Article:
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TURN “Blood For Blood” Review

By on June 26, 2017

Photo credit AMC

By Chris B.

The episode opens with the Woodhulls face to face, literally being carted away to their fate.

Benedict Arnold dispatches a Mr. Parker with the 500 pounds in gold coins.  Lyme, Connecticut is to be the sight of the trade—the Woodhulls for Caleb Brewster, as arranged through Colonel Cook.  Mr. Parker later finds himself in a card game with Akinbode, and as the latter feels the pinch of the surrounding Queen’s Rangers whom he deserted, he volunteers to accompany Parker on his mission in Connecticut.

Simcoe learns of the plans for the exchange and orders one of his men to muster a dozen others “from the old ranks, Rogers’s men” with which to track and, disguised as bandits, destroy all involved, “the rebels, Tories, and especially the hostages…no survivors.”  The money is theirs to do with as they please.  Simcoe will remain in York City.  Why?  “Alibi.”

 Though he is morose, Judge Woodhull struggles with the need to make quick and life-altering decisions, like the necessary one to kill the Royal officers.  Richard knows that Tallmadge made the right decision, but his own business has hinged on the ability to weigh facts to make careful choices, so how can one know the quick decision is right in the moment?  

Abe, in thinking back to the poor Ensign Baker (whom he had to kill in his own home during the first season when the Ensign overheard talk of Abraham’s secret activities for the Patriots), knows “you cannot; you just carry it with you for the next time.”

Judge Woodhull marvels that at one time he envisioned Abe as a soldier in the King’s army, but Abe demurs, “No, Thomas was always the fighter, not me.”  Dad surprises him, though:  “Thomas was older and stronger; you were always the fighter.”  That’s the closest thing to a compliment that one gets from Richard, and it’s been a long time coming for Abe.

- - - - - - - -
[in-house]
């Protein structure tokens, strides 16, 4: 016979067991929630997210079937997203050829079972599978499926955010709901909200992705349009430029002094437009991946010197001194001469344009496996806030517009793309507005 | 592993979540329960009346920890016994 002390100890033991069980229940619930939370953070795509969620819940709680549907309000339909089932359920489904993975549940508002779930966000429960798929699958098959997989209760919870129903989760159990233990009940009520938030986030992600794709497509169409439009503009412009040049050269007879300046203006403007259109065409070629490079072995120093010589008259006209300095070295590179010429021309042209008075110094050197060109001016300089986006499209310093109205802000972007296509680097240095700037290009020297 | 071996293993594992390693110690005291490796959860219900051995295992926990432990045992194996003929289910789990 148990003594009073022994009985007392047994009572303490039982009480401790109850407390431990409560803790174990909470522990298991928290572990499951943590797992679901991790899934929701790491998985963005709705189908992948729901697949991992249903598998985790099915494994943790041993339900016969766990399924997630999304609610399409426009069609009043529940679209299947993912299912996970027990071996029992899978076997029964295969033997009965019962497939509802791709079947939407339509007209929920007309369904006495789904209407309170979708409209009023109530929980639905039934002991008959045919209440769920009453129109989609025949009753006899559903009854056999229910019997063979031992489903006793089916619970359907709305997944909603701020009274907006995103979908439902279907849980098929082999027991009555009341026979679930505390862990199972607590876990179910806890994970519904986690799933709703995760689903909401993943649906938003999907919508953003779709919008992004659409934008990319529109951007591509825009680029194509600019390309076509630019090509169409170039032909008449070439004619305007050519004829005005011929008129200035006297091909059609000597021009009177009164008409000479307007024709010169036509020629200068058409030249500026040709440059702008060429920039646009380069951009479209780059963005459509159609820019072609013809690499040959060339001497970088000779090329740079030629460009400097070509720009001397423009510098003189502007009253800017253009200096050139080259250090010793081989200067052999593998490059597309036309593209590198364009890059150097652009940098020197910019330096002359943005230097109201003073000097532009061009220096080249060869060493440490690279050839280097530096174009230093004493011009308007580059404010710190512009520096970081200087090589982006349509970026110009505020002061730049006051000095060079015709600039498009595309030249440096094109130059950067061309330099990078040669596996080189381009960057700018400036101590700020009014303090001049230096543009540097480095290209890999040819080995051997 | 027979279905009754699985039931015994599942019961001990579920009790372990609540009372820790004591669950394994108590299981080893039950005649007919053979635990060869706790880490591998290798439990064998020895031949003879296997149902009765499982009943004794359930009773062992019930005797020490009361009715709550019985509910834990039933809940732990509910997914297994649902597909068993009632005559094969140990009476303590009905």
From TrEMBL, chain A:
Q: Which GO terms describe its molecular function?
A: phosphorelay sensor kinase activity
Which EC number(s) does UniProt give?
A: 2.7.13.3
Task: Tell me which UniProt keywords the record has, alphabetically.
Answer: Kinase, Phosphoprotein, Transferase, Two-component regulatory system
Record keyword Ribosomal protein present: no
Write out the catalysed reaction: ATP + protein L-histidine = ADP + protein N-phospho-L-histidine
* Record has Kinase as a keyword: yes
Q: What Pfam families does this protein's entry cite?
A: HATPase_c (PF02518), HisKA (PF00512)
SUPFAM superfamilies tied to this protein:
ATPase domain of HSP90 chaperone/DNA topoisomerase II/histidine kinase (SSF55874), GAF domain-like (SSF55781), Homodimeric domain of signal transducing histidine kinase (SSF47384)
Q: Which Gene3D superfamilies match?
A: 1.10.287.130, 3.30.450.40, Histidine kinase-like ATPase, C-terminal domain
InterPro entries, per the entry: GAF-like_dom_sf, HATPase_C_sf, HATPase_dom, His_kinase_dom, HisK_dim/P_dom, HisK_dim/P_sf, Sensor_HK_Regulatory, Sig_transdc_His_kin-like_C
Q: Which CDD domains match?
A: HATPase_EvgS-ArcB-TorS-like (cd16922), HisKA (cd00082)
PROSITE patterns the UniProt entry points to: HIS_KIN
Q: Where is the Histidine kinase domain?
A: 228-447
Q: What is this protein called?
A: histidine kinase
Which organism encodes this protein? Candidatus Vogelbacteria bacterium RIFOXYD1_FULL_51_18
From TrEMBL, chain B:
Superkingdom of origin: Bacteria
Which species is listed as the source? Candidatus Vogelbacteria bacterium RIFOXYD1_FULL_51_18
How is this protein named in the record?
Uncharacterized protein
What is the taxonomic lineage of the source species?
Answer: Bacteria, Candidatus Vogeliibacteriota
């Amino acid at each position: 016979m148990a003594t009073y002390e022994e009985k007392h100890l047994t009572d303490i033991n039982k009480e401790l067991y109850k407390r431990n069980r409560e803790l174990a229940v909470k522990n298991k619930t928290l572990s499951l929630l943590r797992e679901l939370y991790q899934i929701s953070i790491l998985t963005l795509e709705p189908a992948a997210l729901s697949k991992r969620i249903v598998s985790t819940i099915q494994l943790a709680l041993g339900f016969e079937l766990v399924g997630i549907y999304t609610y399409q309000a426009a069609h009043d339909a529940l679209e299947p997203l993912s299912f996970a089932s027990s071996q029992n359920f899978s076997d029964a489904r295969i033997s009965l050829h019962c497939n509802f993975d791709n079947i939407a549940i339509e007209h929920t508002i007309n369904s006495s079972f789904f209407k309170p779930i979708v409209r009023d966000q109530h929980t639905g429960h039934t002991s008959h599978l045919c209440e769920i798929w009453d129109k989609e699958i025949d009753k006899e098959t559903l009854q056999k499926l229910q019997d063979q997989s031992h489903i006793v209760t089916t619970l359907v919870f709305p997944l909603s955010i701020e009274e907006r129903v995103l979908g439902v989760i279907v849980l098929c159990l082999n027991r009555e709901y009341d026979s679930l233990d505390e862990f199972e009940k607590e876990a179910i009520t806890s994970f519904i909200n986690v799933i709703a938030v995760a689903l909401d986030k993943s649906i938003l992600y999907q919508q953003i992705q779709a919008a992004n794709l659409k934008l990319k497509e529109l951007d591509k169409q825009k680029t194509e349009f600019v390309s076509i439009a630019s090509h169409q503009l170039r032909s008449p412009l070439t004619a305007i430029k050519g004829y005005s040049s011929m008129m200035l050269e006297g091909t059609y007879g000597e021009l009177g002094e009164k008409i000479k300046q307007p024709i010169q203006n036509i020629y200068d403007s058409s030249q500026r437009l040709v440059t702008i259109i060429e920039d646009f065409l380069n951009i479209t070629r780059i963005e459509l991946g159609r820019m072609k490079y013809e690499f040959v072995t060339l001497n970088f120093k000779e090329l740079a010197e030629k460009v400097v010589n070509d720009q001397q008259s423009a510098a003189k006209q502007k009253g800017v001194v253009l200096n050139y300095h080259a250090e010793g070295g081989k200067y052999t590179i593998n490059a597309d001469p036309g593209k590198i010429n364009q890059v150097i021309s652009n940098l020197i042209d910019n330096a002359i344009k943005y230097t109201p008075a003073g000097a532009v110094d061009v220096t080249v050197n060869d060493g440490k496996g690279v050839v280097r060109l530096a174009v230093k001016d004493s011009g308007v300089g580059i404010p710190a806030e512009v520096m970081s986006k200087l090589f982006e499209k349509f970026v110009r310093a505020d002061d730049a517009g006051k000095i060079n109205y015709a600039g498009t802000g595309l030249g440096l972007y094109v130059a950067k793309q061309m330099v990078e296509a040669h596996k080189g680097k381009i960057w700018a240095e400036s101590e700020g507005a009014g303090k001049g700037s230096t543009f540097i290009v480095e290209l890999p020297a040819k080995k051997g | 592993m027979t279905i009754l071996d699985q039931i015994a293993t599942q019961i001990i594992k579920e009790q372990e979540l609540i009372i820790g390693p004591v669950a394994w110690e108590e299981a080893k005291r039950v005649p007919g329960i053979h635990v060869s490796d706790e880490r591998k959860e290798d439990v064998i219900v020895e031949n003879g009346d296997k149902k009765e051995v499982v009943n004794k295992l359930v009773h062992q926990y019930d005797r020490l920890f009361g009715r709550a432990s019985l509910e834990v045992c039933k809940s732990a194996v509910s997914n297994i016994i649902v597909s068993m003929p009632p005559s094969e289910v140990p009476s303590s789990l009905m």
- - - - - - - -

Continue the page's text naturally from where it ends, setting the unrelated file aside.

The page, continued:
Caleb is traded for the Judge, but before Abe can be handed over for the money, Akinbode hears some odd chirping, the signals of the hidden Rangers taking aim on their party.  “Something ain’t right,” he declares has he takes up his weapon.

Then, it begins.

Before the group can take cover, Parker and the Judge are dead.  Abe, Ben, Caleb, and their men take cover in the nearby mill.  Akinbode dispatches three Rangers before he realizes he’s been abandoned on the shore by Parker’s associate, who beats a hasty retreat on the water.

Ben has to rally Abe, who is briefly catatonic over his murdered father being left outside; then, he has to rouse Caleb to make sure the gravely wounded man is able to fight.  Ben observes that the remaining Rangers plan to set fire to the mill to draw them out, so Abe volunteers to sneak out through the mill wheel to draw their fire.

Caleb inches past the mill wheel and enters its dry stone trench, finding one of the Rangers picking the pockets of his father’s dead body.  He raises his gun, but is unable to shoot the man in cold blood.  It does, however, give him a chance to see Richard for perhaps the last time and close his lifeless eyes.

Akinbode circles back around as the Rangers begin their attack.  He notes their positions, then sees Abe’s head sticking up from the dry canal.  The two dead men inside the mill are used as decoys, allowing the rebels to dispatch a handful of the fire-wielding Rangers.  When their reinforcements approach from the other side of the mill, Akinbode takes out a few for them.

Abe sees the man flee who’d robbed his father’s corpse, so he pursues him.  In the ensuing combat by the water’s edge, he is nearly overcome.  Until Akinbode kills Abe’s attacker, takes the money, and disappears.  Later, he must bury the bulk of it in the woods, extracting but a few gold coins for immediate use.

The last seconds are a tragic parallel to the opener—father and son, lying next to each other in Ben’s cart.  This time, though, only one will continue on; even as Abe links their hands, he knows he must find a way to fight on alone, for the remains of his family and his country.

The Un-Merry Wife at Windsor